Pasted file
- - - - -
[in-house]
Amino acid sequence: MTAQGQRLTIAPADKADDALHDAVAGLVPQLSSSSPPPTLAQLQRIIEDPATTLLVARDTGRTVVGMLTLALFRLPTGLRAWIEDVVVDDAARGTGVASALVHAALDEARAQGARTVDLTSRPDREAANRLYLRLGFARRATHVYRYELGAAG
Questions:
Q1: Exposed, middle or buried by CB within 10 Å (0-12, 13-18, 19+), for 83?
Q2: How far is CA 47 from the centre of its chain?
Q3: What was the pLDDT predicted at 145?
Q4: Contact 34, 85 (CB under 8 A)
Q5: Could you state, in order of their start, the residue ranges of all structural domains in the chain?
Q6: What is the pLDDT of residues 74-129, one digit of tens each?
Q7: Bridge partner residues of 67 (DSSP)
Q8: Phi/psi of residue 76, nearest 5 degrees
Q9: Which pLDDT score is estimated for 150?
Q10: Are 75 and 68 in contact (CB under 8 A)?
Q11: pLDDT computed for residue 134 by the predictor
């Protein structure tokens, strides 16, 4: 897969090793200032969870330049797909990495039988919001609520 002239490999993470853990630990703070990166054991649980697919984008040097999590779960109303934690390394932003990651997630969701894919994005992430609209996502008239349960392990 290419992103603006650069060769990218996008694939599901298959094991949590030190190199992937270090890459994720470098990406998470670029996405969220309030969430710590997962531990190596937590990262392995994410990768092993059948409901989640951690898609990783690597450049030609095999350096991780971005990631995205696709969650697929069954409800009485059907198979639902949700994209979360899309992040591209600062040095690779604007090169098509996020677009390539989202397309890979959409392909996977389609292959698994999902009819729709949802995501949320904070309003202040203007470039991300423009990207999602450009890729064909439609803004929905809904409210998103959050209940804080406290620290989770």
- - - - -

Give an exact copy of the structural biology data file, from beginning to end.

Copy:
[in-house]
Amino acid sequence: MTAQGQRLTIAPADKADDALHDAVAGLVPQLSSSSPPPTLAQLQRIIEDPATTLLVARDTGRTVVGMLTLALFRLPTGLRAWIEDVVVDDAARGTGVASALVHAALDEARAQGARTVDLTSRPDREAANRLYLRLGFARRATHVYRYELGAAG
Questions:
Q1: Exposed, middle or buried by CB within 10 Å (0-12, 13-18, 19+), for 83?
Q2: How far is CA 47 from the centre of its chain?
Q3: What was the pLDDT predicted at 145?
Q4: Contact 34, 85 (CB under 8 A)
Q5: Could you state, in order of their start, the residue ranges of all structural domains in the chain?
Q6: What is the pLDDT of residues 74-129, one digit of tens each?
Q7: Bridge partner residues of 67 (DSSP)
Q8: Phi/psi of residue 76, nearest 5 degrees
Q9: Which pLDDT score is estimated for 150?
Q10: Are 75 and 68 in contact (CB under 8 A)?
Q11: pLDDT computed for residue 134 by the predictor
């Protein structure tokens, strides 16, 4: 897969090793200032969870330049797909990495039988919001609520 002239490999993470853990630990703070990166054991649980697919984008040097999590779960109303934690390394932003990651997630969701894919994005992430609209996502008239349960392990 290419992103603006650069060769990218996008694939599901298959094991949590030190190199992937270090890459994720470098990406998470670029996405969220309030969430710590997962531990190596937590990262392995994410990768092993059948409901989640951690898609990783690597450049030609095999350096991780971005990631995205696709969650697929069954409800009485059907198979639902949700994209979360899309992040591209600062040095690779604007090169098509996020677009390539989202397309890979959409392909996977389609292959698994999902009819729709949802995501949320904070309003202040203007470039991300423009990207999602450009890729064909439609803004929905809904409210998103959050209940804080406290620290989770």